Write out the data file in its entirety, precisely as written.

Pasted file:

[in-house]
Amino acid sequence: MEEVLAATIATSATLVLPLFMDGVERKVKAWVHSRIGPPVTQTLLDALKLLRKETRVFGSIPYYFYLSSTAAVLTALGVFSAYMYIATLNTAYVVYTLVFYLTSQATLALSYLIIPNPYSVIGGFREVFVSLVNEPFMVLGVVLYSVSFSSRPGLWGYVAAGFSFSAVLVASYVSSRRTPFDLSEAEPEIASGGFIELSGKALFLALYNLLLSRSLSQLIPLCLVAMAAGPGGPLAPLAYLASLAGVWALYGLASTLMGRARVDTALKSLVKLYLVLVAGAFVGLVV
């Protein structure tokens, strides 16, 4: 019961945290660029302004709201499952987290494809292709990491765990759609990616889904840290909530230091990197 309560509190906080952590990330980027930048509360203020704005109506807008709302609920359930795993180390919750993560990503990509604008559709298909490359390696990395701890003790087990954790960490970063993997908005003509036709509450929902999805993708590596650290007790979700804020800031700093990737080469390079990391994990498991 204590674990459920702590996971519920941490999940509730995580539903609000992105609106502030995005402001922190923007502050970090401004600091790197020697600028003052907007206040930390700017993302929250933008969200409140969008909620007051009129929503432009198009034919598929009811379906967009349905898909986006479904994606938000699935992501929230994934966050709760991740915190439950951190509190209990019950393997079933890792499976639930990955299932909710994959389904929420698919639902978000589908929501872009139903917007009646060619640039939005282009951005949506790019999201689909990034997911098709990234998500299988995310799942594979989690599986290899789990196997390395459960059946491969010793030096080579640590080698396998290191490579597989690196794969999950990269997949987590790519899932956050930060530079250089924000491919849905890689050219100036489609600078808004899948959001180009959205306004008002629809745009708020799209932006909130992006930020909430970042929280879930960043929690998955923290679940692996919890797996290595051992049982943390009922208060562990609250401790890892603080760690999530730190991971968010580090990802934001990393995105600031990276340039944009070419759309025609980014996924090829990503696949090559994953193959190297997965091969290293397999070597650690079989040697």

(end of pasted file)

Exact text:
[in-house]
Amino acid sequence: MEEVLAATIATSATLVLPLFMDGVERKVKAWVHSRIGPPVTQTLLDALKLLRKETRVFGSIPYYFYLSSTAAVLTALGVFSAYMYIATLNTAYVVYTLVFYLTSQATLALSYLIIPNPYSVIGGFREVFVSLVNEPFMVLGVVLYSVSFSSRPGLWGYVAAGFSFSAVLVASYVSSRRTPFDLSEAEPEIASGGFIELSGKALFLALYNLLLSRSLSQLIPLCLVAMAAGPGGPLAPLAYLASLAGVWALYGLASTLMGRARVDTALKSLVKLYLVLVAGAFVGLVV
């Protein structure tokens, strides 16, 4: 019961945290660029302004709201499952987290494809292709990491765990759609990616889904840290909530230091990197 309560509190906080952590990330980027930048509360203020704005109506807008709302609920359930795993180390919750993560990503990509604008559709298909490359390696990395701890003790087990954790960490970063993997908005003509036709509450929902999805993708590596650290007790979700804020800031700093990737080469390079990391994990498991 204590674990459920702590996971519920941490999940509730995580539903609000992105609106502030995005402001922190923007502050970090401004600091790197020697600028003052907007206040930390700017993302929250933008969200409140969008909620007051009129929503432009198009034919598929009811379906967009349905898909986006479904994606938000699935992501929230994934966050709760991740915190439950951190509190209990019950393997079933890792499976639930990955299932909710994959389904929420698919639902978000589908929501872009139903917007009646060619640039939005282009951005949506790019999201689909990034997911098709990234998500299988995310799942594979989690599986290899789990196997390395459960059946491969010793030096080579640590080698396998290191490579597989690196794969999950990269997949987590790519899932956050930060530079250089924000491919849905890689050219100036489609600078808004899948959001180009959205306004008002629809745009708020799209932006909130992006930020909430970042929280879930960043929690998955923290679940692996919890797996290595051992049982943390009922208060562990609250401790890892603080760690999530730190991971968010580090990802934001990393995105600031990276340039944009070419759309025609980014996924090829990503696949090559994953193959190297997965091969290293397999070597650690079989040697």